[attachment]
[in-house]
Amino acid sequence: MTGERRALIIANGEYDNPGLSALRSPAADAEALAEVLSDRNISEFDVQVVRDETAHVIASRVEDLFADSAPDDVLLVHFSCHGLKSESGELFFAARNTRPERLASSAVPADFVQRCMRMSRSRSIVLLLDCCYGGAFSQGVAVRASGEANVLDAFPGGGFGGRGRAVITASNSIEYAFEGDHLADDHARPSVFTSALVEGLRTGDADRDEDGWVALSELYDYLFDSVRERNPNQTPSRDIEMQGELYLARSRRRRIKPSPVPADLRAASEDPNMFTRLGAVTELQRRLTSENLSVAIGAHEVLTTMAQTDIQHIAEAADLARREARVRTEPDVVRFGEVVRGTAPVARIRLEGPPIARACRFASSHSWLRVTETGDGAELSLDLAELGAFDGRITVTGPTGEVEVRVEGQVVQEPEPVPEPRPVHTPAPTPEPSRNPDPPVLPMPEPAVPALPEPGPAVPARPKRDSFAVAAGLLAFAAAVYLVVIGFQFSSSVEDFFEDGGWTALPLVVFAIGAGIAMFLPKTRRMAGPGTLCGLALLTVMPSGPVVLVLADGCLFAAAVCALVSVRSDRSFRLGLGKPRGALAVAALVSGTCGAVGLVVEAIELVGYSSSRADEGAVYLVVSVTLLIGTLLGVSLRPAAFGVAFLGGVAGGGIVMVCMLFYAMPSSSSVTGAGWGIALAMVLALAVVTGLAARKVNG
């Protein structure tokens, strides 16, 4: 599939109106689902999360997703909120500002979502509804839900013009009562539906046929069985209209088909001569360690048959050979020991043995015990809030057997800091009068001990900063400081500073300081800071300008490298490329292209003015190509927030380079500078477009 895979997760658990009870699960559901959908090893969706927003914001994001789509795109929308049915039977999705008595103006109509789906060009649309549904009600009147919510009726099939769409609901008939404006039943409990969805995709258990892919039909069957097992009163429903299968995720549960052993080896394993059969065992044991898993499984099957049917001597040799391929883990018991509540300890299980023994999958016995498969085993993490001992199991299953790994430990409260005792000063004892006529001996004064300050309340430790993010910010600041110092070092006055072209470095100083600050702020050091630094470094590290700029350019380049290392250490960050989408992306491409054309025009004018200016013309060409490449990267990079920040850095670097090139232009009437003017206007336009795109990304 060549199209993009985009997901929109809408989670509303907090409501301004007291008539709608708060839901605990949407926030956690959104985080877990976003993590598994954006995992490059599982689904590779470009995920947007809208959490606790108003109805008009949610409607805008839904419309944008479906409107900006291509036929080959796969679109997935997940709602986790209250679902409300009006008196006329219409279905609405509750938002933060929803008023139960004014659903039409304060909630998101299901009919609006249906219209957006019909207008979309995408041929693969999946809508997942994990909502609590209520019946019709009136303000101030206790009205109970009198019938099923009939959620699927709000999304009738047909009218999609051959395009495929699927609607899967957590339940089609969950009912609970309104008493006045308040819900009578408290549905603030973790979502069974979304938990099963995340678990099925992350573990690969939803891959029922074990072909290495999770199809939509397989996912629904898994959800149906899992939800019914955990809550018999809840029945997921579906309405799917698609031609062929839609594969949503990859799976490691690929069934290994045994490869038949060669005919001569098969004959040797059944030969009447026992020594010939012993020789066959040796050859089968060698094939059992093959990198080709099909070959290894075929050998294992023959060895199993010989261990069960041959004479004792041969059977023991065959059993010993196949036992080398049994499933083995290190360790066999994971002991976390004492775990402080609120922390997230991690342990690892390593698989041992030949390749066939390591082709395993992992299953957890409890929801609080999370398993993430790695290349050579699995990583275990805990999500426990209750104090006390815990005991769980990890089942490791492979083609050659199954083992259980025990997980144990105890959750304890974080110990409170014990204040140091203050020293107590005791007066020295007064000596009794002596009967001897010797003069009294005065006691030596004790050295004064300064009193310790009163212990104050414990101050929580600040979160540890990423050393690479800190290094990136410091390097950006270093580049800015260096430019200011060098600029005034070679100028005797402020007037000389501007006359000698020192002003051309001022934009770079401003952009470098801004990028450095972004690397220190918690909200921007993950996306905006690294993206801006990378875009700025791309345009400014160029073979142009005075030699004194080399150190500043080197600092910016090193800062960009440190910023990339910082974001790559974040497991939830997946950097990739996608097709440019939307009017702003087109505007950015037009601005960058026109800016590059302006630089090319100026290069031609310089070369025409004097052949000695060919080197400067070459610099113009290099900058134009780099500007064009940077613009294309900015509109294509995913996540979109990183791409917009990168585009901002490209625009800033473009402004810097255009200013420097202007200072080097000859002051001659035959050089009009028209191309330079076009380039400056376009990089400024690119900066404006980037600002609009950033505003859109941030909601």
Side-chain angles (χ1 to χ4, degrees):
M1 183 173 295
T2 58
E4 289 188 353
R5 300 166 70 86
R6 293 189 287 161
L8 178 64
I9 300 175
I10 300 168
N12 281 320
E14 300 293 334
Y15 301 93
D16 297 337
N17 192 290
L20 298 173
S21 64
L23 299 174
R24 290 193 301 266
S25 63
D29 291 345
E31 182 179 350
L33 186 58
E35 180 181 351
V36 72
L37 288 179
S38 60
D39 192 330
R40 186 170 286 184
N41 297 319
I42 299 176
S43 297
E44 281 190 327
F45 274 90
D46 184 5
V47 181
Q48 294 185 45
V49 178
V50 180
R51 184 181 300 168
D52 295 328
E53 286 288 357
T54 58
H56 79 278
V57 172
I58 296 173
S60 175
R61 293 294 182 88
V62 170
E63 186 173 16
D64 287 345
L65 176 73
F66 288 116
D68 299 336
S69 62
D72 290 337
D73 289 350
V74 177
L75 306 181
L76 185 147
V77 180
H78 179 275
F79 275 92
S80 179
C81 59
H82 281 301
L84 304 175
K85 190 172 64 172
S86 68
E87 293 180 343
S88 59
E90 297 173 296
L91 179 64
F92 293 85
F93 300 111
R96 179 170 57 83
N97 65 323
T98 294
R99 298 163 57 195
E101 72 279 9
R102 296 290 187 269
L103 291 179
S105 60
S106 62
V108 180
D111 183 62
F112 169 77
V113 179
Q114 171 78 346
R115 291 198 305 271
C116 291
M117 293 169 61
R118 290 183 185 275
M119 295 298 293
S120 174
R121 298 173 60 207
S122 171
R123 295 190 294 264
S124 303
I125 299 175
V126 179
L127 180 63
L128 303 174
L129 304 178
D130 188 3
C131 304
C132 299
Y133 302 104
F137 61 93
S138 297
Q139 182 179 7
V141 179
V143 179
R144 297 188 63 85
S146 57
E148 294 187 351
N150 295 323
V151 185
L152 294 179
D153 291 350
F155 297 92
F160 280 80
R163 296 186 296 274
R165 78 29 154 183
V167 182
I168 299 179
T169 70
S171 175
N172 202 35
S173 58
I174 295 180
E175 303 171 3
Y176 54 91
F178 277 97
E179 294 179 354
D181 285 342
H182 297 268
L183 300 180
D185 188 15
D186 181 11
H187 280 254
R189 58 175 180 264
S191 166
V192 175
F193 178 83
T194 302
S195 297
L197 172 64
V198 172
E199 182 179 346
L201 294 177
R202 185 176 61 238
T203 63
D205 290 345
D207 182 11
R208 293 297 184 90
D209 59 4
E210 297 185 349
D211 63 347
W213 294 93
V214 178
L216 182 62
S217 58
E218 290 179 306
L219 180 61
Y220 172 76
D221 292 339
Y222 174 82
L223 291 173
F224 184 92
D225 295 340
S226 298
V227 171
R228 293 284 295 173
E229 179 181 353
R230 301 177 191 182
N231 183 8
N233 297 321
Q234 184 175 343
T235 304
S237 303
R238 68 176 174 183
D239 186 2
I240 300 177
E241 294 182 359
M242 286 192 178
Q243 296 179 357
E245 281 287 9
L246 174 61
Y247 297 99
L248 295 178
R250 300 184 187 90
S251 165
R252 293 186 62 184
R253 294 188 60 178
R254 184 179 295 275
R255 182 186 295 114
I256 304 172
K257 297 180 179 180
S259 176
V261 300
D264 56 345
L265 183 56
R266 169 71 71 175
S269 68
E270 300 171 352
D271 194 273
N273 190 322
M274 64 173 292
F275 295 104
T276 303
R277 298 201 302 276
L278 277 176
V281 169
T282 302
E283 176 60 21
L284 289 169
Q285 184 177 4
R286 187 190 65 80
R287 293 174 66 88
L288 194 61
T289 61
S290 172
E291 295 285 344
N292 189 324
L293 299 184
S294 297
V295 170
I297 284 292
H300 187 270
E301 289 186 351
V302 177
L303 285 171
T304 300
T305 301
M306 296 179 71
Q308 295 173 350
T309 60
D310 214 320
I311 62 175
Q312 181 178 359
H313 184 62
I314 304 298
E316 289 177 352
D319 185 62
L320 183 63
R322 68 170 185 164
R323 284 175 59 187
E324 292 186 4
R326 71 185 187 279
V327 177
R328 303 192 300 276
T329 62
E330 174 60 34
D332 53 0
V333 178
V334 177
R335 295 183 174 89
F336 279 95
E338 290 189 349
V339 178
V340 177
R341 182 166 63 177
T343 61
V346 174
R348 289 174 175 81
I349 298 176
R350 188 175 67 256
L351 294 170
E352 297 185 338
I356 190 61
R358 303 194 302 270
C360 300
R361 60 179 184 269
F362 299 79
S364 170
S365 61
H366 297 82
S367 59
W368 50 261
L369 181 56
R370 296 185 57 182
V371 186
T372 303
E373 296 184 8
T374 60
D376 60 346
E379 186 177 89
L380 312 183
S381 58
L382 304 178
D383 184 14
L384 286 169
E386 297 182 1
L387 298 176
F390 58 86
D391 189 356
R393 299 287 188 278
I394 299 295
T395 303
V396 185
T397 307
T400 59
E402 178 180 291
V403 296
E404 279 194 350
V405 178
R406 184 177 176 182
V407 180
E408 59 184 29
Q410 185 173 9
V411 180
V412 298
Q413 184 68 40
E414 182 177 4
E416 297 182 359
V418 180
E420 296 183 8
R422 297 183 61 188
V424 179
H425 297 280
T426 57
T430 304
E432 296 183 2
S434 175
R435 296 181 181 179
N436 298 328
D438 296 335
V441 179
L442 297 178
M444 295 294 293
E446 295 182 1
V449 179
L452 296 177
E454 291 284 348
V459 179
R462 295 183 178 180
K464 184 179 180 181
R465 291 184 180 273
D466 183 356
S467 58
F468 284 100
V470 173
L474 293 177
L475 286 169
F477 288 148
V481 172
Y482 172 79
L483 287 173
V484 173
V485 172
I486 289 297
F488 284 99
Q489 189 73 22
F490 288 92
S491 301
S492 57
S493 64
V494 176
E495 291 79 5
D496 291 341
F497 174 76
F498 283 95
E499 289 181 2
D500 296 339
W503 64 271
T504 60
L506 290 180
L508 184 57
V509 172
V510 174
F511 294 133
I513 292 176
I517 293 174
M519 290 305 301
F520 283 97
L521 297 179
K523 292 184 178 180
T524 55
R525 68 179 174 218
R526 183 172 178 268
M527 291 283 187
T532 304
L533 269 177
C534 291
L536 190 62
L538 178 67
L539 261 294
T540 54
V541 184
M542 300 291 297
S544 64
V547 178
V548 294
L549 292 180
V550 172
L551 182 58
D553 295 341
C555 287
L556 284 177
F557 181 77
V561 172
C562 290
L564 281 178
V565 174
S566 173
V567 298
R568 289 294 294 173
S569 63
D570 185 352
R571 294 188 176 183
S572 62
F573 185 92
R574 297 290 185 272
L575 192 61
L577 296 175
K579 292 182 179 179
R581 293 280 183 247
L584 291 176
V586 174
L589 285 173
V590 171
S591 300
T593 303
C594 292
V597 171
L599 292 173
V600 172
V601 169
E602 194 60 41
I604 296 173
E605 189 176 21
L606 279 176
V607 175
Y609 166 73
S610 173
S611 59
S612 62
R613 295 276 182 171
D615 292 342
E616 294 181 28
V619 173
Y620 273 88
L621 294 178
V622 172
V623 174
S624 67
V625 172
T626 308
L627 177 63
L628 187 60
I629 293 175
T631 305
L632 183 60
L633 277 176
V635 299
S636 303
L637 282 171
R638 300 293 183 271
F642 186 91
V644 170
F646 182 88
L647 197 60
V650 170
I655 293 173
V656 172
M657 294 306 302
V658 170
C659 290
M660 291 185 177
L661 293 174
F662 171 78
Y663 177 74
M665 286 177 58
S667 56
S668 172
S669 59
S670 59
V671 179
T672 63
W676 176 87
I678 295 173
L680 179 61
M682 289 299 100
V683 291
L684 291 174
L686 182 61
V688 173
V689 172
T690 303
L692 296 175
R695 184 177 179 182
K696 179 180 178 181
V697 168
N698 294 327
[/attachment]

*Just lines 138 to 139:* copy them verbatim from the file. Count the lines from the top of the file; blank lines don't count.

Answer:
D181 285 342
H182 297 268